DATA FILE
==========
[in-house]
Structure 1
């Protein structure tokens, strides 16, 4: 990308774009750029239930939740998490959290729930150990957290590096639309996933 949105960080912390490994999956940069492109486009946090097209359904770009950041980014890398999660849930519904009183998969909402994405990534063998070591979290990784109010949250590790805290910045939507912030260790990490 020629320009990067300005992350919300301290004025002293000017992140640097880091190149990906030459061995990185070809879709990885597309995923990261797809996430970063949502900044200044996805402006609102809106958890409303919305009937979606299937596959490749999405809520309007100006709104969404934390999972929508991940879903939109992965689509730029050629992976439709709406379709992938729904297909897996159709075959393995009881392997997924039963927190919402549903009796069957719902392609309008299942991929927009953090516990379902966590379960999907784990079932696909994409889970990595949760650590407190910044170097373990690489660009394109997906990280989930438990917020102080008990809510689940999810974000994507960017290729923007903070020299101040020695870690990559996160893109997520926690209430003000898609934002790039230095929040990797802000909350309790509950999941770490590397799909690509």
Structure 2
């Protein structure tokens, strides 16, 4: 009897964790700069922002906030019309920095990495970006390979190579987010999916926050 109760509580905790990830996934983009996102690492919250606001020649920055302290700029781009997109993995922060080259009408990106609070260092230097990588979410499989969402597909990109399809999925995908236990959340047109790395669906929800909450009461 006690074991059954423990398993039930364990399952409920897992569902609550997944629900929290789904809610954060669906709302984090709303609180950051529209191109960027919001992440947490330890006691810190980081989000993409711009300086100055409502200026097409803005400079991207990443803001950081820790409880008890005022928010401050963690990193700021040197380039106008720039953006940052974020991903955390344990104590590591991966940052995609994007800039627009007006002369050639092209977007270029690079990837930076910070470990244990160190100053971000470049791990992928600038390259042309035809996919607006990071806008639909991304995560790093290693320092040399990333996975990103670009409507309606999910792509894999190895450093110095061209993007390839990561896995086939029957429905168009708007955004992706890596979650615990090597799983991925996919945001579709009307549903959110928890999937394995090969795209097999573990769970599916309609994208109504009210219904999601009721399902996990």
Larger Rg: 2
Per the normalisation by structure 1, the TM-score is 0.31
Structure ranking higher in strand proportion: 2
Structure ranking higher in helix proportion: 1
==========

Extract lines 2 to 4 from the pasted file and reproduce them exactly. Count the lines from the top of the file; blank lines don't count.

Structure 1
């Protein structure tokens, strides 16, 4: 990308774009750029239930939740998490959290729930150990957290590096639309996933 949105960080912390490994999956940069492109486009946090097209359904770009950041980014890398999660849930519904009183998969909402994405990534063998070591979290990784109010949250590790805290910045939507912030260790990490 020629320009990067300005992350919300301290004025002293000017992140640097880091190149990906030459061995990185070809879709990885597309995923990261797809996430970063949502900044200044996805402006609102809106958890409303919305009937979606299937596959490749999405809520309007100006709104969404934390999972929508991940879903939109992965689509730029050629992976439709709406379709992938729904297909897996159709075959393995009881392997997924039963927190919402549903009796069957719902392609309008299942991929927009953090516990379902966590379960999907784990079932696909994409889970990595949760650590407190910044170097373990690489660009394109997906990280989930438990917020102080008990809510689940999810974000994507960017290729923007903070020299101040020695870690990559996160893109997520926690209430003000898609934002790039230095929040990797802000909350309790509950999941770490590397799909690509």
Structure 2